# How do you graph f(x)=2/(x-1) using holes, vertical and horizontal asymptotes, x and y intercepts?

Jul 29, 2018
• $x = 1$ the vertical asymptote of $f \left(x\right)$
• $y = 0$ the horizontal asymptote of $f \left(x\right)$
• $\left(0 , 2\right)$ the $y$-intercept
• $f \left(x\right)$ has no $x$-intercept

#### Explanation:

$f \left(0\right)$ gives the value of the $y$-intercept:

$f \left(0\right) = \frac{2}{- 1} = - 2$

$f \left(x\right)$ has no intersection with the $x$ axis; solving $f \left(x\right) = 0$ for $x$ yields no real result:

$f \left(x\right) = \frac{2}{x - 1} = 0$
$2 \ne 0 \cdot \left(x - 1\right)$

The graph of $f \left(x\right) = \frac{2}{x - 1}$ closely relates to that of $f \left(x\right) = \frac{1}{x}$.
$y = \frac{1}{x}$ has the following features:

• $x = 0$ a vertical asymptote
• $y = 0$ a horizontal asymptote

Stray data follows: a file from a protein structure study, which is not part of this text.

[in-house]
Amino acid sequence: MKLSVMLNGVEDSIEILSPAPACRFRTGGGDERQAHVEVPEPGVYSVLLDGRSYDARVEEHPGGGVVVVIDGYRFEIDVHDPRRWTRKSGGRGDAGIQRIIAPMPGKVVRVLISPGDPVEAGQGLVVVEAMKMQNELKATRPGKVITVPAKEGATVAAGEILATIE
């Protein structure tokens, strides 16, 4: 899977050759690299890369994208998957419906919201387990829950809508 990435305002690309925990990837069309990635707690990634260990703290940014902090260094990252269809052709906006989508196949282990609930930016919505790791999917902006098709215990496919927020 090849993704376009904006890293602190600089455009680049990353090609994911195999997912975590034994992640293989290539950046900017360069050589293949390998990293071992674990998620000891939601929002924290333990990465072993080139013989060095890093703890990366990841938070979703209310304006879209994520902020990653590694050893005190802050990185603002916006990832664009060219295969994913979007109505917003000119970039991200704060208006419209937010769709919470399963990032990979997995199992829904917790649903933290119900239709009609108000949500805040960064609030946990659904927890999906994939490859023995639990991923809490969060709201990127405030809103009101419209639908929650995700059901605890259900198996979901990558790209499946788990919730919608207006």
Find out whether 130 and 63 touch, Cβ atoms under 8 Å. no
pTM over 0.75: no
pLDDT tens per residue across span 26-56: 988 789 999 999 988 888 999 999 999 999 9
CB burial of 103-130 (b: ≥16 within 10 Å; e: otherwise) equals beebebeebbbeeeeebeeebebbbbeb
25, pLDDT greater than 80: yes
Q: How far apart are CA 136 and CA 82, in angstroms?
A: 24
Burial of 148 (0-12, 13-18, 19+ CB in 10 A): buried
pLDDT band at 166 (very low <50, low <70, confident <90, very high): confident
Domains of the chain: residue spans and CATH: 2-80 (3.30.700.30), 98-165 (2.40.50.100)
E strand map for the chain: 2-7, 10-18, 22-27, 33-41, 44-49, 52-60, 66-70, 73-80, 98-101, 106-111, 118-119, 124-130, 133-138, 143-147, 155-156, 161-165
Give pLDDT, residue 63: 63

• $y = 1 / x$ contains two separate branches and is decreasing on both intervals.

Translating the graph of $y = \frac{1}{x}$ to the right by $1$ unit (and stretching the result vertically by a factor of two) gives the graph of $y = f \left(x\right) = \frac{2}{x - 1}$. The two asymptotes are translated in the same fashion:

• $x = 0 + 1$ the vertical asymptote of $f \left(x\right)$
• $y = 0 \times 2 = 0$ the horizontal asymptote of $f \left(x\right)$

The branched feature from $y = \frac{1}{x}$ is translated and shall also present in $y = f \left(x\right)$. Mark all the three graphical features [horizontal/vertical asymptote, intercept(s)] on the Cartesian plane and chart the two branches:

graph{2/(1-x) [-10, 10, -5, 5]}